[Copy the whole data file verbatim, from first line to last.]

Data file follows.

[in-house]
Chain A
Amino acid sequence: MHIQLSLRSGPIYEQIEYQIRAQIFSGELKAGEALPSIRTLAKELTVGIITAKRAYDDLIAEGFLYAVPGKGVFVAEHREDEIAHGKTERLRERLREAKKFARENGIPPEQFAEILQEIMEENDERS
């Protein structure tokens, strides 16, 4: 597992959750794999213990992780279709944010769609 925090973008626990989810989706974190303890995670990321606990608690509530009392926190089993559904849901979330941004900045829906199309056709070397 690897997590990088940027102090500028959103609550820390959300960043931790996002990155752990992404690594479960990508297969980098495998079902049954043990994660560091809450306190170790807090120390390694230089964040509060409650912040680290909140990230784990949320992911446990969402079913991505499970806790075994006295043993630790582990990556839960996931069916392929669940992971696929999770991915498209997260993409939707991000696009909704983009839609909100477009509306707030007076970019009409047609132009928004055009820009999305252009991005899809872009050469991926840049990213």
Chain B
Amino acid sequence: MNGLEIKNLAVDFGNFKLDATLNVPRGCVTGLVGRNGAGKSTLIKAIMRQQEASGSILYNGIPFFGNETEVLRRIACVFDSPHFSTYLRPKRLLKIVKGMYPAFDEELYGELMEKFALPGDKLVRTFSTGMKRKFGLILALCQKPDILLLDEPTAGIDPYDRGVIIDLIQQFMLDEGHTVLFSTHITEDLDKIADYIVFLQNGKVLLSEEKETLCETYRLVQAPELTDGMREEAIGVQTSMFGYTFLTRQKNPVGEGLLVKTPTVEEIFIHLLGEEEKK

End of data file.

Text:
[in-house]
Chain A
Amino acid sequence: MHIQLSLRSGPIYEQIEYQIRAQIFSGELKAGEALPSIRTLAKELTVGIITAKRAYDDLIAEGFLYAVPGKGVFVAEHREDEIAHGKTERLRERLREAKKFARENGIPPEQFAEILQEIMEENDERS
């Protein structure tokens, strides 16, 4: 597992959750794999213990992780279709944010769609 925090973008626990989810989706974190303890995670990321606990608690509530009392926190089993559904849901979330941004900045829906199309056709070397 690897997590990088940027102090500028959103609550820390959300960043931790996002990155752990992404690594479960990508297969980098495998079902049954043990994660560091809450306190170790807090120390390694230089964040509060409650912040680290909140990230784990949320992911446990969402079913991505499970806790075994006295043993630790582990990556839960996931069916392929669940992971696929999770991915498209997260993409939707991000696009909704983009839609909100477009509306707030007076970019009409047609132009928004055009820009999305252009991005899809872009050469991926840049990213």
Chain B
Amino acid sequence: MNGLEIKNLAVDFGNFKLDATLNVPRGCVTGLVGRNGAGKSTLIKAIMRQQEASGSILYNGIPFFGNETEVLRRIACVFDSPHFSTYLRPKRLLKIVKGMYPAFDEELYGELMEKFALPGDKLVRTFSTGMKRKFGLILALCQKPDILLLDEPTAGIDPYDRGVIIDLIQQFMLDEGHTVLFSTHITEDLDKIADYIVFLQNGKVLLSEEKETLCETYRLVQAPELTDGMREEAIGVQTSMFGYTFLTRQKNPVGEGLLVKTPTVEEIFIHLLGEEEKK